For Immediate Release:
April 9, 2008
Sen. Patrick Anderson, Artist Timothy Tyler and Senate
Art Fund President Charles Ford along with descendents of Frank
Frantz pose with the painting following its unveiling at the State
On Left: Tulsa residents Timmie Hanna (granddaughter to Frank
Frantz), Mark Cortner (Great Grandson), Suzy Davis (granddaughter)
and Sen. Patrick Anderson. On Right: Doug Frantz, Enid, and Douglas
Frantz Collins, artist Timothy Tyler and Senate Art Fund President
Senate Dedicates Painting of American Rough
Rider and Territorial Governor Frank Frantz
Another historic painting will soon grace the walls of the State
Capitol following a dedication in the Senate Chamber Wednesday.
The piece of art, by Timothy Tyler, depicts American Rough Rider
and Territorial Governor Frank Frantz fighting in the bloodiest
and most famous battle of the Spanish-American War, the Battle of
San Juan Hill.
"This painting portrays one of Oklahoma's greatest pioneers,"
said Sen. Anderson, R-Enid, who sponsored the painting on behalf
of the citizens of Enid. "He was not only a leader on the battlefield,
but also one of Oklahoma's greatest political leaders making several
beneficial contributions to the state's future. His life is an important
part of our state's as well as our country's history and the people
of Enid are pleased to honor him here today.”
Born and raised in Illinois, Frantz and his brothers moved to Medford
in Oklahoma Territory following the opening of the Cherokee Strip
in September 1893. When the Spanish-American War began in 1898 Frantz
enlisted in the 1st United States Volunteer Cavalry, which the American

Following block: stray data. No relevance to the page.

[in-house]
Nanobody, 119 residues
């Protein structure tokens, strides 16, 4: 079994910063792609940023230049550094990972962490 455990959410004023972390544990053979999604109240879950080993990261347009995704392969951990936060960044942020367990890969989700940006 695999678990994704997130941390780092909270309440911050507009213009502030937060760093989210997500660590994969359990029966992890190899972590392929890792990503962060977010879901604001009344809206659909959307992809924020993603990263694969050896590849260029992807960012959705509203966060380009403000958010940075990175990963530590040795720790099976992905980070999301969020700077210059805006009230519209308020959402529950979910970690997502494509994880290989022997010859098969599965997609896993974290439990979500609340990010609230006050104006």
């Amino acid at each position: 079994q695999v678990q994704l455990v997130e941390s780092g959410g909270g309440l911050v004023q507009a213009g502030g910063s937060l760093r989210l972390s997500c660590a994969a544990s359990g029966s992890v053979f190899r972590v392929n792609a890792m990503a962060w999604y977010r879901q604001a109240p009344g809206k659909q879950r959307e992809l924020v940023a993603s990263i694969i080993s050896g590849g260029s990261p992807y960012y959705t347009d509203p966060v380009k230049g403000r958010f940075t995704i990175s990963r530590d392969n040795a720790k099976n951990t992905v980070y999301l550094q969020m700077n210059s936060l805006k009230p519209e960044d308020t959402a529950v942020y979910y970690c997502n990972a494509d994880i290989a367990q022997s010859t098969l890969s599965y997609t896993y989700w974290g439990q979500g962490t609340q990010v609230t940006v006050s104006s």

press referred to as the Rough Riders. He was assigned to A Company
and given the rank of First Lieutenant before traveling to Cuba
to fight in the first battle between the American and Spanish forces,
the Battle of Las Guasimas.
During this time, Lt. Colonel Theodore Roosevelt was promoted to
Colonel and given command of the Rough Riders and the Battle of
San Juan Hill took place the next day.
Frantz's skill during the battle would forever gain him Roosevelt's
friendship and trust. During one battle, the commanding officer
of his company was killed and Frantz immediately took over and led
the company to a successful charge. In recognition for his service,
Roosevelt promoted Frantz to the rank of Captain and commander of
A Company of the Rough Riders.
Frantz settled in Enid after the war where he opened a hardware
and lumber business, married Matilda Evan and raised five children.
Roosevelt was soon elected Vice President under President William
McKinley, but quickly succeeded to the Presidency following McKinley's
death in 1901.
The President wasted no time helping his dear friend Frantz and
at the end of that same year, Roosevelt named him as postmaster
of Enid where he served for two years. Roosevelt then appointed
him Indian Agent for the Osage Agency at Pawhuska and later elevated
him to the governorship of the Oklahoma Territory. Frantz assumed
office on January 5 and was inaugurated on January 16, 1906, being
the seventh and youngest governor to serve in the territory's history.
"Frank Franz not only played a role in early American history,
but helped shape Oklahoma's early history through his many beneficial
contributions while serving as the last Governor of the Oklahoma
Territory," said Charles Ford, President of the Oklahoma State
Senate Historical Preservation Fund. “Mr. Tyler did a magnificent
job in capturing this special moment in history. You can almost
hear the flag whipping in the wind and the calls of battle from
the men. It’s a beautiful piece that will make a great addition
to the Capitol’s collection of historic artwork.”
Among his many contributions to state government, Frantz’s
administration began obtaining the remaining amount of land in No
Man’s Land, now the Oklahoma panhandle, after Congress passed
the Enabling Act in 1906.
After losing the election in 1907, Frantz spent the remainder of
his life working in the oil royalty and other businesses before
passing away in 1941.
Tyler, a native Oklahoman, said he was thrilled for the opportunity
to paint such a historical scene.
“It was an honor to be asked to participate in the Senate’s
art program,” said Tyler. “Frantz played a special role
in the state’s history and I was proud to portray him in this
special event in our country’s history.”
For more information contact:
Pam Hodges: (405) 521-5675